Israeli army bans soldiers from playing Pokemon Go on bases
Israeli soldiers have been banned from playing Pokemon Go on military bases due to security concerns.
The military has told soldiers and officers that the game activates mobile phone cameras and location services, and could leak sensitive information such as army base locations and photographs of the bases.
The military is also concerned that soldiers could download a fake application that impersonates Pokemon Go and could leak information from their phones.
Israel's emergency rescue service Magen David Adom has also issued a warning about Pokemon Go, saying Israelis have suffered moderate injuries while playing the game.
Players roam through the physical world holding up their phones and searching for creatures that appear on the screen.
Last week, a 15-year-old girl suffered a head injury after she fell off her bike while pursuing Pokemon creatures, and a 35-year-old player ran into a glass door and suffered "massive bleeding" in his legs, Magen David Adom said on its website.
"Apparently the game is not as friendly as we thought," the statement said.
The Israel Cancer Association has advised players not to go outdoors to catch Pokemon creatures in the middle of the day to avoid excessive sun exposure.
"In the game itself, some of the Pokemon snatchers are always with a baseball hat on," the association said on its website. "In the real world too, make sure you wear a hat before going outdoors."
The AIG insurance company in Israel is taking advantage of the Pokemon craze to market its personal accident insurance policy that covers accidents caused while playing such mobile phone games. Yifat Reiter, of AIG, said the company has received dozens of inquiries about the accident insurance for Pokemon players.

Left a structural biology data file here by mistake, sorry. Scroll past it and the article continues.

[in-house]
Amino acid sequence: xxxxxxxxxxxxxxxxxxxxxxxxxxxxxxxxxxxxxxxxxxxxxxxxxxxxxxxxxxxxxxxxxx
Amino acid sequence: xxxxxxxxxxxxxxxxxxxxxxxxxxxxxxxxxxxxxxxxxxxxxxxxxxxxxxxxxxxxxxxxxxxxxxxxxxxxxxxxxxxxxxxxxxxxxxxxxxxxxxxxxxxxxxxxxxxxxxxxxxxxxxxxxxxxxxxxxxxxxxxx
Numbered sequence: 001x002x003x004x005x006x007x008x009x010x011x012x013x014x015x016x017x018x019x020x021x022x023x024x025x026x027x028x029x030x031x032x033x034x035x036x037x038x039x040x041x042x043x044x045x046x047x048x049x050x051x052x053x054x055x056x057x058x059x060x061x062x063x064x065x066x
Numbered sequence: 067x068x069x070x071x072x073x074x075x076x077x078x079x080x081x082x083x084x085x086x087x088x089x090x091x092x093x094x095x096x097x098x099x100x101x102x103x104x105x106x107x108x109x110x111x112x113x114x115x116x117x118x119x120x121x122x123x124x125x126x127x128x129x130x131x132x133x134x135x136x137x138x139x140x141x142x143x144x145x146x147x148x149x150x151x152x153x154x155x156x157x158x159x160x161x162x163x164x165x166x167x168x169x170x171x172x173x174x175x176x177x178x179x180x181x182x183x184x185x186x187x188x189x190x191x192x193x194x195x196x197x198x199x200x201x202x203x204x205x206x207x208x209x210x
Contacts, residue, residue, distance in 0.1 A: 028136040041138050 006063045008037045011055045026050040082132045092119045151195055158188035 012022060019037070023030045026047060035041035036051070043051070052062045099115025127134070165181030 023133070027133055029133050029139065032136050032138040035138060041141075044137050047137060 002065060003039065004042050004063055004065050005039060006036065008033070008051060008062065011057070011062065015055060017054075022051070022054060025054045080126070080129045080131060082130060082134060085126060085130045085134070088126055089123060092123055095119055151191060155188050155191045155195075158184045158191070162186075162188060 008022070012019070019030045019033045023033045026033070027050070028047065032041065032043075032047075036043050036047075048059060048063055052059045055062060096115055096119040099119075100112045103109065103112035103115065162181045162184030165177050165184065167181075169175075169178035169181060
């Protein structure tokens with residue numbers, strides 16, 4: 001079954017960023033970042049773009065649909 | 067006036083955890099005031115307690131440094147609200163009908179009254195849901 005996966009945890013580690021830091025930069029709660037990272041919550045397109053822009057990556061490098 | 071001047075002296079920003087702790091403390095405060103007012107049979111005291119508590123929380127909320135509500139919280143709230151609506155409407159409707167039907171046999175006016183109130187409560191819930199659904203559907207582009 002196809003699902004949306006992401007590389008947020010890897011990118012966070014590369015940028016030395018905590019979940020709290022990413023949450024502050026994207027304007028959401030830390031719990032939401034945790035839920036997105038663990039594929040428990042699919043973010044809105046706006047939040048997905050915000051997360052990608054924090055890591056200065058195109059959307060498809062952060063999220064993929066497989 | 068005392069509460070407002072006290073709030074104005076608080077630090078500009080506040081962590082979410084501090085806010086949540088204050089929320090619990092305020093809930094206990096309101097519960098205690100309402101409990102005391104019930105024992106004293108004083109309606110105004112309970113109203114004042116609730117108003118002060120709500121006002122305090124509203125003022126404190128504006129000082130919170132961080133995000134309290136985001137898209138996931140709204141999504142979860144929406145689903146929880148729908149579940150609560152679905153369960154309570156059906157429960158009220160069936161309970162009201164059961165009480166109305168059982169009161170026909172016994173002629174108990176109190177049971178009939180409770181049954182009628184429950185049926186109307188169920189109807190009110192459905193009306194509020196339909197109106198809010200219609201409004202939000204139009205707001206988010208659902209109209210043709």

For Palestinians, Pokemon Go is a frustrating game to play because mobile high-speed internet services do not exist in the West Bank and Gaza Strip.
Under interim peace accords, Israel controls wireless networks in the area and it only recently announced that it would allow high-speed internet access in the West Bank, though the technology has not yet gone into effect.
The Palestinians are among a few markets in the world that still use older 2G technology, according to the International Telecommunication Union, a UN agency.
Naim Samsoum, 26, a Gaza-based animator, was one of the first people in the territory to download the game. He said he managed to catch three Pokemons only after installing a costly 2G internet service from the only mobile service provider in Gaza.
"I stopped because it was very expensive for me," Mr Samsoum said.
He ran into another obstacle: the fourth Pokemon he wanted to catch was located on the premises of the Palestinian Legislative Council, an off-limits government building run by Hamas, the Islamic militant group that controls Gaza.